Legal gurus and an MP outline how dangerous mandatory sentences are at a Sydney rally as NSW continues its questionable solution to a relatively minor problem c.f. domestic violence.
Notes taken at Public Forum on Mandatory Sentencing, NSW Parliament House, 29th January 2014.
Speakers: Nicolas Cowdery, former Director of Public Prosecutions for NSW, Stephen Blanks, NSW CCL, Stephen Odges, NSW Bar Association, David Shoebridge, NSW Greens MP. Forum facilitated by David Shoebridge.
Attendees: Estimate 60-70 people. NSW Attorney General and Opposition AG invited but did not attend.
David Shoebridge said NSW Parliament will be asked to vote tomorrow (30th January) on new laws aimed at reducing violent assaults in Sydney’s Kings Cross and surrounds. There will be little time for reading the bill because the proposals will not be available to MPs until 9 am. Some of the laws, possibly mandatory sentencing, will be held back until the end of February, creating an opportunity for those who oppose these laws to lobby their State MPs.
Nicolas Cowdery said that these laws would create injustice. His knowledge of the laws was confined to what he had read in the Press, given the government will not make them public until tomorrow.
- Increase of 2 years maximum sentence in each of the 9 existing assault related offences with mandatory minimums of 2, 3, 4 or 5 years.
- One new offence – 1 punch while intoxicated leading to death – a maximum of 25 years, minimum 8 years.
There is already a law for manslaughter with maximum of 25 years. No provisions for parole.
Cowdery said there is no place for mandatory minimum sentences. (Northern Territory have repealed, USA winding it back.) Academic studies show mandatory minimums do not increase deterrent.
Problems with mandatory sentencing:
Discretion moves from judges and magistrates to police and prosecutors to decide on charges. (Possibility of police inflating charges to secure a conviction.)
Bail refused more often, increase in people on remand, more defended trials, more time in courts, delays, longer time for victim resolution.
Cowdery referred to article in weekend SMH (25-26 January, 2014) by Jacob Saulwick outlined projected costing of these new laws.
Stephen Blanks NSW CCL spoke on civil liberty implications. Said proposed laws a direct attack on the system of rule of law by interfering with the judge’s discretion.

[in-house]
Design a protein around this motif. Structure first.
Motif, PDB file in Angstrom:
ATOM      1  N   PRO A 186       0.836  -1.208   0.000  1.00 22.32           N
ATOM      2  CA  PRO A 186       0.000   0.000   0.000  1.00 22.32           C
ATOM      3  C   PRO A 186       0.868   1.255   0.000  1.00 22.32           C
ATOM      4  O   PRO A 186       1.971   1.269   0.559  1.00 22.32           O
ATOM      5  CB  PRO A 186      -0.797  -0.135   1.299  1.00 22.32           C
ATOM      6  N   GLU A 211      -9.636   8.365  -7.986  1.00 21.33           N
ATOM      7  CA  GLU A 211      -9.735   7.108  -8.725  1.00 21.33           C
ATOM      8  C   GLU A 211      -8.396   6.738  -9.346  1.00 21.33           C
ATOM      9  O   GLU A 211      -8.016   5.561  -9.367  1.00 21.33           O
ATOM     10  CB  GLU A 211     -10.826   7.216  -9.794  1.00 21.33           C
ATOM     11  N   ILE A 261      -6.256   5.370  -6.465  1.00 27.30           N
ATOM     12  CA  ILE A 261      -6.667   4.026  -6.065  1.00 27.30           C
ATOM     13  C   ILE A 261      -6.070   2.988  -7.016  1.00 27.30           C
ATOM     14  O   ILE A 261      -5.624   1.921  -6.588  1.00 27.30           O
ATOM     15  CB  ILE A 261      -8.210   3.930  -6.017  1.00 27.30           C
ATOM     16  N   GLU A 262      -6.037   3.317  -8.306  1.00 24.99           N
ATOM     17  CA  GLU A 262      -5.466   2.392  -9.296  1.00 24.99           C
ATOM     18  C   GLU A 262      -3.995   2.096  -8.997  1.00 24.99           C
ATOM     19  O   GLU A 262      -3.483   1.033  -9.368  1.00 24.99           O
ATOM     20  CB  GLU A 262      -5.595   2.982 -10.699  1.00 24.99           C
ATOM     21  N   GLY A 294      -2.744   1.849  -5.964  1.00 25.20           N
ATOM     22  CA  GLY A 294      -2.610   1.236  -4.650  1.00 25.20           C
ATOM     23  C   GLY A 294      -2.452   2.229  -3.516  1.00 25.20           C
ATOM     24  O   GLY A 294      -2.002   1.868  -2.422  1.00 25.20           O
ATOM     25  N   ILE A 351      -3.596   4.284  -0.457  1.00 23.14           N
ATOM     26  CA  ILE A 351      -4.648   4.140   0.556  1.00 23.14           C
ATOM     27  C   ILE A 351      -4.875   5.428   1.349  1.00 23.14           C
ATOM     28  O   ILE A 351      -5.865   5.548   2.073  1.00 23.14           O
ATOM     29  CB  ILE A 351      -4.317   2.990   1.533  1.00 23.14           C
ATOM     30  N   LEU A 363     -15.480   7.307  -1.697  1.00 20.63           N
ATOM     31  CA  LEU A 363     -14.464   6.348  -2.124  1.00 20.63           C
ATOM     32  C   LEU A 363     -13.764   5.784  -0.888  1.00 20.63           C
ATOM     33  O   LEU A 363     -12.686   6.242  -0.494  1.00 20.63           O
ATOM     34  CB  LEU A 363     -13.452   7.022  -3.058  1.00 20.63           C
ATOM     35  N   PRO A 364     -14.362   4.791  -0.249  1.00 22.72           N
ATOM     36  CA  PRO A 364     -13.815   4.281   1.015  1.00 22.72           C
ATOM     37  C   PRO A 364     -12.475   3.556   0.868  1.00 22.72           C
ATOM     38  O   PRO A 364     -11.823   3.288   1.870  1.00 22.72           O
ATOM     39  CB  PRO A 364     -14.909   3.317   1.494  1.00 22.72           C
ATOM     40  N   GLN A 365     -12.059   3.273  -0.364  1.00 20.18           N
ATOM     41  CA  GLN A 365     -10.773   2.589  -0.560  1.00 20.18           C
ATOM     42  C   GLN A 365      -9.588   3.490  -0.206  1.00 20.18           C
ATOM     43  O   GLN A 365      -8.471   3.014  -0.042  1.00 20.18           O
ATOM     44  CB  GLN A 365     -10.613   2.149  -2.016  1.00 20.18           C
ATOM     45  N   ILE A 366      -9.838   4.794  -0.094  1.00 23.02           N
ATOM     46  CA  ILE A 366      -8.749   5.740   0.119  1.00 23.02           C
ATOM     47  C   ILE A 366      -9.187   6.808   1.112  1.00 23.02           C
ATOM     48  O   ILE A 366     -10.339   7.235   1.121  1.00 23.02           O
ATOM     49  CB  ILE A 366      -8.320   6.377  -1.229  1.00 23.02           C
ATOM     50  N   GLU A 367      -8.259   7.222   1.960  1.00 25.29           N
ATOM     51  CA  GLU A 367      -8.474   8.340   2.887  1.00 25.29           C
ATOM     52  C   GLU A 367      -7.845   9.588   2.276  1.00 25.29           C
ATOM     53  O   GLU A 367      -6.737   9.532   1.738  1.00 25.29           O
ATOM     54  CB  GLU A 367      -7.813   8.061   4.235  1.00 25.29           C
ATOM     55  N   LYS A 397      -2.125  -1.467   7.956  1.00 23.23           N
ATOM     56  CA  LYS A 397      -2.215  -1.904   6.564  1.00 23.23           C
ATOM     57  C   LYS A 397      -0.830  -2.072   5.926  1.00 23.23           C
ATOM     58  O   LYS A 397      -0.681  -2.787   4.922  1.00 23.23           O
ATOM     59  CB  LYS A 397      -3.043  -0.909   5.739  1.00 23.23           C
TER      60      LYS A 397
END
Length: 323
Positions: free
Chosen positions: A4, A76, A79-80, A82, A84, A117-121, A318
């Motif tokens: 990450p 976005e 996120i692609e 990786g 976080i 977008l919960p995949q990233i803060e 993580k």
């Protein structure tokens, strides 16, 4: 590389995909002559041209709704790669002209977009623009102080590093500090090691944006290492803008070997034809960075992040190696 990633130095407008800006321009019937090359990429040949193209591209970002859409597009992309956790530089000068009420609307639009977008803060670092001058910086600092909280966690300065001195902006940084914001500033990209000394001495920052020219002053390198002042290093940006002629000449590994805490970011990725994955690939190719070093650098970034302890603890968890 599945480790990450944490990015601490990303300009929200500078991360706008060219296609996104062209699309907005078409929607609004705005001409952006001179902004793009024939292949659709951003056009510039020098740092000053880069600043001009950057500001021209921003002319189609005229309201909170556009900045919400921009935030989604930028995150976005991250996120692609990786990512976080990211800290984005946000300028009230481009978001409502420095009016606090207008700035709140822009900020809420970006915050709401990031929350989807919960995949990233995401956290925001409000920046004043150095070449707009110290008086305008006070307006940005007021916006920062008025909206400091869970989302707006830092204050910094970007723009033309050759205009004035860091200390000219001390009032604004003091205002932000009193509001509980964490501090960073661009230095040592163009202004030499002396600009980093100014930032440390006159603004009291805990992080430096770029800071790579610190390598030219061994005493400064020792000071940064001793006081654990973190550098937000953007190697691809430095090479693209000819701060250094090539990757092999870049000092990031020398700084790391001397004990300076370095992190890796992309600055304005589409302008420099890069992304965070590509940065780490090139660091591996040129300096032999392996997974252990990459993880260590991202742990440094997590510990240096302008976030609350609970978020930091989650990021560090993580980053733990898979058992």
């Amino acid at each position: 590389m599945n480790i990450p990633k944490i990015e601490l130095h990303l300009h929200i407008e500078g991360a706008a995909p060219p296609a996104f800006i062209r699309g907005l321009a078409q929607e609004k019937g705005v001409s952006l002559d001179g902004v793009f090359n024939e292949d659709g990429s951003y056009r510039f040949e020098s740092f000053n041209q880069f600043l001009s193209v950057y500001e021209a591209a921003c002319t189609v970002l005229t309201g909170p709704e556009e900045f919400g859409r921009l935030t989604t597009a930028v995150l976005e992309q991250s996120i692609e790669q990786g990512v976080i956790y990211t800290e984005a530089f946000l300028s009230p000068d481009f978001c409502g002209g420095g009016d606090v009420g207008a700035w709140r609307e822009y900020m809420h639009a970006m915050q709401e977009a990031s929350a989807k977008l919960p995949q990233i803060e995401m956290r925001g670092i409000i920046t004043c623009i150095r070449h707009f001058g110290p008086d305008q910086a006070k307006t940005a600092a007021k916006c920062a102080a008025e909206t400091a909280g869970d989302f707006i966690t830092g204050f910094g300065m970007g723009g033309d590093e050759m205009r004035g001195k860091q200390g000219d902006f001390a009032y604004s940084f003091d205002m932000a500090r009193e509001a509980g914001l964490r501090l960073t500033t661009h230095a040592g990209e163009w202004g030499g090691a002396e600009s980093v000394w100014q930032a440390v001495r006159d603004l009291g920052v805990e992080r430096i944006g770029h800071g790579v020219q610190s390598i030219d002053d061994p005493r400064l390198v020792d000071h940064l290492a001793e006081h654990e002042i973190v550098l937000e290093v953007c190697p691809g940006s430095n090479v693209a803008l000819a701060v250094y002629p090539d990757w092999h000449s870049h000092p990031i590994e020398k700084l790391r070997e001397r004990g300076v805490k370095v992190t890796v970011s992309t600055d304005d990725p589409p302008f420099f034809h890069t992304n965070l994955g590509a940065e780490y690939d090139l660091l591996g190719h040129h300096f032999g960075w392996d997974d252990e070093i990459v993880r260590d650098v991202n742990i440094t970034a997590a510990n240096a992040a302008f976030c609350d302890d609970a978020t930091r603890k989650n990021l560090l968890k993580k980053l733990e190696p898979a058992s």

- Proposed laws give no account of mitigating circumstances concerning the offender or the victim.
- Acknowledged recent assaults need to be addressed but those proposed are knee jerk reactions to a media campaign. Its a disproportionate response. New laws should be evidence based and rigorously prepared. P
- Possibility of raising international concerns about human rights if they discriminate against Aboriginals or other minority groups.
Stephen Odgers, NSW Bar Association
Mandatory sentences are unjust. They give no weight, for example, to extreme provocation. Recidivism rate high – jails tend to create more criminals.
- Anomalies. Assaults treated differently whether sober or not sober. Current law allows for a sober offender to receive some discretion in sentencing – none for the intoxicated one.
- On the Loveridge case where the judge’s sentence considered too light by the public. This case is on appeal. The government has expedited the proposed mandatory sentencing laws etc. before allowing the system a chance to correct itself.
- Not allowing the standard non-parole period is draconian.
David Shoebridge, NSW Greens MP
Shoebridge emphasised projected increase in inmate population. Jails already overcrowded. There are nearly 10,000 prisoners in NSW jails now at the cost of around $300 per day.
Possible consequences are increased Aboriginal prison population, incarceration of the mentally ill (already a high proportion of inmates), or ruination of the career prospects of a drunken university student who tugs at a policeman or woman’s shirt – that is an assault charge under the proposed law.
Shoebridge showed a short video where actors played out versions of assault which would incur mandatory minimum sentences with no discretion as to the circumstances. Frightening stuff!
Diana Simmons 30.01.14